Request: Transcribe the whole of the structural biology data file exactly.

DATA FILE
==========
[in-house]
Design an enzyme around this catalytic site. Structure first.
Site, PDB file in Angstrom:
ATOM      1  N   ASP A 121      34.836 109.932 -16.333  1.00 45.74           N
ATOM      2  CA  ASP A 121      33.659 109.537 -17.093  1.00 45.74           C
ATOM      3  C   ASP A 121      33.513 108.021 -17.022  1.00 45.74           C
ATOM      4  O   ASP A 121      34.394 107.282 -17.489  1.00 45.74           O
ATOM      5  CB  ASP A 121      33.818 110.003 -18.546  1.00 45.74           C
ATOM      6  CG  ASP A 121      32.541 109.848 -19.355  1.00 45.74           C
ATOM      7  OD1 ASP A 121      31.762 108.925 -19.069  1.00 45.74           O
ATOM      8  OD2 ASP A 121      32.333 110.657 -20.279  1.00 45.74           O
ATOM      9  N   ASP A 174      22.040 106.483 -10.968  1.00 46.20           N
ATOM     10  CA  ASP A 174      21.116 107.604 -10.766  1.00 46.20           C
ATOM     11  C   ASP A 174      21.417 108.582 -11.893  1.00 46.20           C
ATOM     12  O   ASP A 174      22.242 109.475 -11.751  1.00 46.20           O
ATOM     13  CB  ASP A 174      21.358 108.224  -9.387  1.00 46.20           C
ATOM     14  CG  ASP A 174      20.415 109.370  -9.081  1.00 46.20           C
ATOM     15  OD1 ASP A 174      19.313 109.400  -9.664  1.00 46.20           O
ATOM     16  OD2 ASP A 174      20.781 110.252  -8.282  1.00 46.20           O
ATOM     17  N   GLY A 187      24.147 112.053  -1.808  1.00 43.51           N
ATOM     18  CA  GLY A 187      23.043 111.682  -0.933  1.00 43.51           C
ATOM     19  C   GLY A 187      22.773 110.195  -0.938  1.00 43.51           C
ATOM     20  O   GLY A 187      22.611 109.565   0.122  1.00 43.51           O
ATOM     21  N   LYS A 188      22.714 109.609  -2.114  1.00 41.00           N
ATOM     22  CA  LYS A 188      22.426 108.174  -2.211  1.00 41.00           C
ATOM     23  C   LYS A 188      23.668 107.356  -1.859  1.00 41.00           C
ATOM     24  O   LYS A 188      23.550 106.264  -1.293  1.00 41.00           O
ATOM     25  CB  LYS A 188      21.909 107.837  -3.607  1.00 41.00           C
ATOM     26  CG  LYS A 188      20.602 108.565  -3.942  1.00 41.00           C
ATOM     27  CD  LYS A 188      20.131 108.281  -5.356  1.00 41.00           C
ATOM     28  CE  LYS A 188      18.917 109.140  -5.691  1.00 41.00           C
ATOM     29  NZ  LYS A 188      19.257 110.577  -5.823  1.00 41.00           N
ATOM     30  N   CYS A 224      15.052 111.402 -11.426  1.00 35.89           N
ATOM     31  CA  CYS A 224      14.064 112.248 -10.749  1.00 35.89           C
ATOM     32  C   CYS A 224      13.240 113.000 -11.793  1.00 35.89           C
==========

[in-house]
Design an enzyme around this catalytic site. Structure first.
Site, PDB file in Angstrom:
ATOM      1  N   ASP A 121      34.836 109.932 -16.333  1.00 45.74           N
ATOM      2  CA  ASP A 121      33.659 109.537 -17.093  1.00 45.74           C
ATOM      3  C   ASP A 121      33.513 108.021 -17.022  1.00 45.74           C
ATOM      4  O   ASP A 121      34.394 107.282 -17.489  1.00 45.74           O
ATOM      5  CB  ASP A 121      33.818 110.003 -18.546  1.00 45.74           C
ATOM      6  CG  ASP A 121      32.541 109.848 -19.355  1.00 45.74           C
ATOM      7  OD1 ASP A 121      31.762 108.925 -19.069  1.00 45.74           O
ATOM      8  OD2 ASP A 121      32.333 110.657 -20.279  1.00 45.74           O
ATOM      9  N   ASP A 174      22.040 106.483 -10.968  1.00 46.20           N
ATOM     10  CA  ASP A 174      21.116 107.604 -10.766  1.00 46.20           C
ATOM     11  C   ASP A 174      21.417 108.582 -11.893  1.00 46.20           C
ATOM     12  O   ASP A 174      22.242 109.475 -11.751  1.00 46.20           O
ATOM     13  CB  ASP A 174      21.358 108.224  -9.387  1.00 46.20           C
ATOM     14  CG  ASP A 174      20.415 109.370  -9.081  1.00 46.20           C
ATOM     15  OD1 ASP A 174      19.313 109.400  -9.664  1.00 46.20           O
ATOM     16  OD2 ASP A 174      20.781 110.252  -8.282  1.00 46.20           O
ATOM     17  N   GLY A 187      24.147 112.053  -1.808  1.00 43.51           N
ATOM     18  CA  GLY A 187      23.043 111.682  -0.933  1.00 43.51           C
ATOM     19  C   GLY A 187      22.773 110.195  -0.938  1.00 43.51           C
ATOM     20  O   GLY A 187      22.611 109.565   0.122  1.00 43.51           O
ATOM     21  N   LYS A 188      22.714 109.609  -2.114  1.00 41.00           N
ATOM     22  CA  LYS A 188      22.426 108.174  -2.211  1.00 41.00           C
ATOM     23  C   LYS A 188      23.668 107.356  -1.859  1.00 41.00           C
ATOM     24  O   LYS A 188      23.550 106.264  -1.293  1.00 41.00           O
ATOM     25  CB  LYS A 188      21.909 107.837  -3.607  1.00 41.00           C
ATOM     26  CG  LYS A 188      20.602 108.565  -3.942  1.00 41.00           C
ATOM     27  CD  LYS A 188      20.131 108.281  -5.356  1.00 41.00           C
ATOM     28  CE  LYS A 188      18.917 109.140  -5.691  1.00 41.00           C
ATOM     29  NZ  LYS A 188      19.257 110.577  -5.823  1.00 41.00           N
ATOM     30  N   CYS A 224      15.052 111.402 -11.426  1.00 35.89           N
ATOM     31  CA  CYS A 224      14.064 112.248 -10.749  1.00 35.89           C
ATOM     32  C   CYS A 224      13.240 113.000 -11.793  1.00 35.89           C